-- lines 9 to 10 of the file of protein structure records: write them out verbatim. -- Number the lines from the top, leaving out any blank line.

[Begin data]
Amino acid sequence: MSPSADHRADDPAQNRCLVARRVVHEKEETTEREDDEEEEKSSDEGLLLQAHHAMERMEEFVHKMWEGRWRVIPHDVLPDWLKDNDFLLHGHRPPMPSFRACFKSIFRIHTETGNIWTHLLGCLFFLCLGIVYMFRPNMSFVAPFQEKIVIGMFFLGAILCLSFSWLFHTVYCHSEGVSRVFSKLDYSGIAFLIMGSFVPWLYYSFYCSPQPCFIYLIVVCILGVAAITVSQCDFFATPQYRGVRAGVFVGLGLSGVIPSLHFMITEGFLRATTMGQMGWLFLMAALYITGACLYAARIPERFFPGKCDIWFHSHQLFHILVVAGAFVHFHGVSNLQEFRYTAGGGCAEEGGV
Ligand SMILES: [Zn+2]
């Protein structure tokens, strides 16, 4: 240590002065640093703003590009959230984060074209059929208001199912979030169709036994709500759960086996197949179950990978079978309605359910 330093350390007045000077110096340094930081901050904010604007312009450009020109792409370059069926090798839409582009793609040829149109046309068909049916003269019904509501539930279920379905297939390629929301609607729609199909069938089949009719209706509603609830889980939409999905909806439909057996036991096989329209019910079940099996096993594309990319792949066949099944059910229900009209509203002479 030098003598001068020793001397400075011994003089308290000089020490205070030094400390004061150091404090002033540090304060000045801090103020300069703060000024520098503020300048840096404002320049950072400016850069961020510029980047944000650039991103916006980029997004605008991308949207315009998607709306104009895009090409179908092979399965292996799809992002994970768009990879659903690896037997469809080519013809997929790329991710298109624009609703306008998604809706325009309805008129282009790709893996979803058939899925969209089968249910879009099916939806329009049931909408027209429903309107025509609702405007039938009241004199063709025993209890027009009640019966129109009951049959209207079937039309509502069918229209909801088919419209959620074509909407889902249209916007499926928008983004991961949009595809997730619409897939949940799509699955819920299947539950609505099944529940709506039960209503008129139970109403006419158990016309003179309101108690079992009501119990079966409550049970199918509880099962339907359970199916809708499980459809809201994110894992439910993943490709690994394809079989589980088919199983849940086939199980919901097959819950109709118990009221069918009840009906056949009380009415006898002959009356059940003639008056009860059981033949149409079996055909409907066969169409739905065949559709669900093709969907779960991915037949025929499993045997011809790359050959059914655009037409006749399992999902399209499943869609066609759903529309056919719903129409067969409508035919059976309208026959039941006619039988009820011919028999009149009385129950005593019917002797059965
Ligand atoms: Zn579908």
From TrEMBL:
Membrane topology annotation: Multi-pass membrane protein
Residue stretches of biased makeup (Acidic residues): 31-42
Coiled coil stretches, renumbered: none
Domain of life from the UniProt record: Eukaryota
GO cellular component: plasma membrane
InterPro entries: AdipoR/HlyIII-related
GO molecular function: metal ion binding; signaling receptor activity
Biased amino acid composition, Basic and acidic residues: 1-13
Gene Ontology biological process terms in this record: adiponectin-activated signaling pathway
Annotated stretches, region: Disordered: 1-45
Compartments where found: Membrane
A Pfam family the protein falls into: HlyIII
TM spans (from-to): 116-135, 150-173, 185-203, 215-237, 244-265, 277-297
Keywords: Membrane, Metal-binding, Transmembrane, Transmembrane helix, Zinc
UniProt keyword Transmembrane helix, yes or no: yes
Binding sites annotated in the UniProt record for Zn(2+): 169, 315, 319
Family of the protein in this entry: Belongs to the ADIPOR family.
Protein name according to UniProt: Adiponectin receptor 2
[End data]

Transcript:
Domain of life from the UniProt record: Eukaryota
GO cellular component: plasma membrane